City Hall

Dallas Prepares for 'Armed Resistance' During Local Homeless Encampment Sweeps

City staff and Dallas Police Department officers sweep a homeless encampment in Pioneer Plaza in March 2021.
City staff and Dallas Police Department officers sweep a homeless encampment in Pioneer Plaza in March 2021. Jacob Vaughn
The city is preparing for resistance during future sweeps at local homeless encampments. These sweeps can generally be separated into two categories: cleanings and closures.

Cleanings aren’t supposed to lead to the displacement of any encampment residents. This isn’t true for closures, in which city staff will try to get camp residents into some form of housing. During some of these sweeps, homeless residents will lose personal belongings, such as forms of identification that may be needed to get into local shelters.

When city staff turned out for a cleanup of an encampment under Interstate 45 in July, they were met by dozens of activists, some of whom were armed with rifles. They used their bodies and cars to keep city staff from cleaning the encampment, according to a Dallas Morning News editorial condemning the activists’ armed response.

In a recent memo, Deputy City Manager John Fortune laid out a plan for how staff may handle future sweeps faced with resistance, armed or otherwise.

“City employees have recently encountered resistance from activists and armed individuals at the site of homeless encampment clean ups,” the memo says. So, the Dallas City Marshal’s Office, Dallas Police Department, Code Enforcement, and Office of Homeless Solutions created a tiered response for what they might see at future encampment cleanings or closures.

Tier 1 scenarios won’t see the closure of an encampment. In this scenario, if resistance isn’t expected, there will only be city marshals, and DPD neighborhood police officers on standby.

Tier 2 could involve a cleaning or closure of an encampment, and advanced knowledge that activists will be on the scene. In this case, the marshals and neighborhood officers would be on standby, on top of a separate DPD response team.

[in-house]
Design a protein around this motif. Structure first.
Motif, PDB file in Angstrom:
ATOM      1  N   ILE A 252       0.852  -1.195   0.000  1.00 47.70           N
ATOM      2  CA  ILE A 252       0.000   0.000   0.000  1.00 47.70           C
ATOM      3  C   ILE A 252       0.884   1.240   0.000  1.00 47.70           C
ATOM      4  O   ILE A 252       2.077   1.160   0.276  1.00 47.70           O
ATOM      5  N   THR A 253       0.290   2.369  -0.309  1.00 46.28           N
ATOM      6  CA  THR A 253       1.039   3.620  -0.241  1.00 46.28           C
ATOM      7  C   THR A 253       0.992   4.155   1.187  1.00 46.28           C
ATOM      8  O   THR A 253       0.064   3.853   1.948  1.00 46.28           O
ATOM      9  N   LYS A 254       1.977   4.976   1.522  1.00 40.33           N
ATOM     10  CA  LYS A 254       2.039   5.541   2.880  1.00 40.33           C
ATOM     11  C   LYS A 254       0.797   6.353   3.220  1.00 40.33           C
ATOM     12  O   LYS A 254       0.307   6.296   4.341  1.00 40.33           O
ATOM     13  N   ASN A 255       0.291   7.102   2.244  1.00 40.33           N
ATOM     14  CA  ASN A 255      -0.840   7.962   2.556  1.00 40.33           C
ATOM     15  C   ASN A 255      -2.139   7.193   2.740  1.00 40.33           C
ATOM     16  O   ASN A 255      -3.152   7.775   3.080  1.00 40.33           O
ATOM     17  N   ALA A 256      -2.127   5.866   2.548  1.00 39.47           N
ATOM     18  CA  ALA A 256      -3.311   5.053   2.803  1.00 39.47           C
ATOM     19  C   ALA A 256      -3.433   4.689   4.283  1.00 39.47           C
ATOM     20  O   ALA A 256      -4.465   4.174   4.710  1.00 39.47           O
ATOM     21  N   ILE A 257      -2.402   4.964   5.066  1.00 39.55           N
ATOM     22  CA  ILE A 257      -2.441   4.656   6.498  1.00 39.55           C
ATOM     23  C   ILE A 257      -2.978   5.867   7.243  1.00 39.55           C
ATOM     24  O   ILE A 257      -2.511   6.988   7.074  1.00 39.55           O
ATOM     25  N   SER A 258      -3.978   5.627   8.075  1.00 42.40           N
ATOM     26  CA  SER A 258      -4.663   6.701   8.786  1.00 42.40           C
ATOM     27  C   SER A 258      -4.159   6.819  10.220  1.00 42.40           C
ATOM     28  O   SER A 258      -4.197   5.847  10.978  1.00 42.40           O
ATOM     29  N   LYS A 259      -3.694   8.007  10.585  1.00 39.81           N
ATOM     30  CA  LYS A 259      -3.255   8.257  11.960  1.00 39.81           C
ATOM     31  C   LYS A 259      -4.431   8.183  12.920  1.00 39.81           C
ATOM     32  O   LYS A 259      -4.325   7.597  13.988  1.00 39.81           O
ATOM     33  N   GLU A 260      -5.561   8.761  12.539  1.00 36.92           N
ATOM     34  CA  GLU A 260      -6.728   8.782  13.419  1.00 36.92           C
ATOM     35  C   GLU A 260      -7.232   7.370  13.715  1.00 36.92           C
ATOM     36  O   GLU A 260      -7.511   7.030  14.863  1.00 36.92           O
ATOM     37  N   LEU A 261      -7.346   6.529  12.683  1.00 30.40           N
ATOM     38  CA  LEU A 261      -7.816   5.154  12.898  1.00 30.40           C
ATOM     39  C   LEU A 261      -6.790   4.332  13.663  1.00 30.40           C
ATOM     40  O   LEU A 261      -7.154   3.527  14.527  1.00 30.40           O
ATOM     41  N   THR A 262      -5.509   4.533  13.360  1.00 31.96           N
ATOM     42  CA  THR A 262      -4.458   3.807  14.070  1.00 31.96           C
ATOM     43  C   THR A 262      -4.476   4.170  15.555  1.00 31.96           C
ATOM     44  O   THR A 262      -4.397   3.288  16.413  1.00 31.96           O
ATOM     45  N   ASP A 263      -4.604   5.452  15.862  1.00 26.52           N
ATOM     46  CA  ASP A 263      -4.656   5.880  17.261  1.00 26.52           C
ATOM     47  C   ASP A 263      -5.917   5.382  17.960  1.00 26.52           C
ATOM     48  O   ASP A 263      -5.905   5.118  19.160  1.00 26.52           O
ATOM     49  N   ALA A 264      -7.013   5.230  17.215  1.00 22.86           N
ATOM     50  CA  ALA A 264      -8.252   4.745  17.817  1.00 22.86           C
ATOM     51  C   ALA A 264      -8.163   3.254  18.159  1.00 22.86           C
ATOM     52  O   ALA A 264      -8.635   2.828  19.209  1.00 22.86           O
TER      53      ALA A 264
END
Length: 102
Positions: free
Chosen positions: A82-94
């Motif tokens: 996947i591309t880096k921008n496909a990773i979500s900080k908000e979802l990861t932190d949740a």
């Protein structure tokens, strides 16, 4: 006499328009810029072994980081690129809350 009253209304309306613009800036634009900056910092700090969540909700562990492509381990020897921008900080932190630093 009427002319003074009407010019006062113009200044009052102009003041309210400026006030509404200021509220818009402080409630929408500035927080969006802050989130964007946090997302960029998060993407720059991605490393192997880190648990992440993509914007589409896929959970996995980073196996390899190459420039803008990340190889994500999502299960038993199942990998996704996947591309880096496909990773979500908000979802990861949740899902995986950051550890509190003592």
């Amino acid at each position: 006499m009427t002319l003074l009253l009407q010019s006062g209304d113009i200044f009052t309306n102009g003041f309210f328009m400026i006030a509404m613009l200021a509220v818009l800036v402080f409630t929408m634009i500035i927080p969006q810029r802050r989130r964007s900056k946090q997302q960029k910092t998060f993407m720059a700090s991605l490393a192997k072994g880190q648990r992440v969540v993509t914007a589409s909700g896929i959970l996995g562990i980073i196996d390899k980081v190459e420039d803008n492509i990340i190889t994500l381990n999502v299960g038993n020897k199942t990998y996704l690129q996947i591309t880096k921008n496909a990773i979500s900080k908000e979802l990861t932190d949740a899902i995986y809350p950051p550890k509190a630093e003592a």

Tier 3 level responses will always involve an encampment closure with advanced knowledge of activists and open-carry protesters on the scene. With a high likelihood of active resistance and possible arrests, according to the memo, the marshals, neighborhood officers and DPD response team will all be on standby for tier 3 scenarios.

“Armed and/or aggressive activists intimidating and harassing city staff both on and off the job compound the problems our unsheltered residents face and threaten public safety.” – Page Jones, Dallas spokesperson

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In these events, DPD will notify the mayor and responsible City Council member about the planned resistance and possibility for arrests. DPD would also send out “advance messaging,” according to the memo, encouraging people to protest peacefully and advise that “destruction of property, interference with city workers, threats and/or violence will not be tolerated.”

The encampment sweeps are meant to be a part of the Dallas R.E.A.L Time Rapid Rehousing Initiative, which has helped remove hundreds of people from the streets and get them into housing since last September.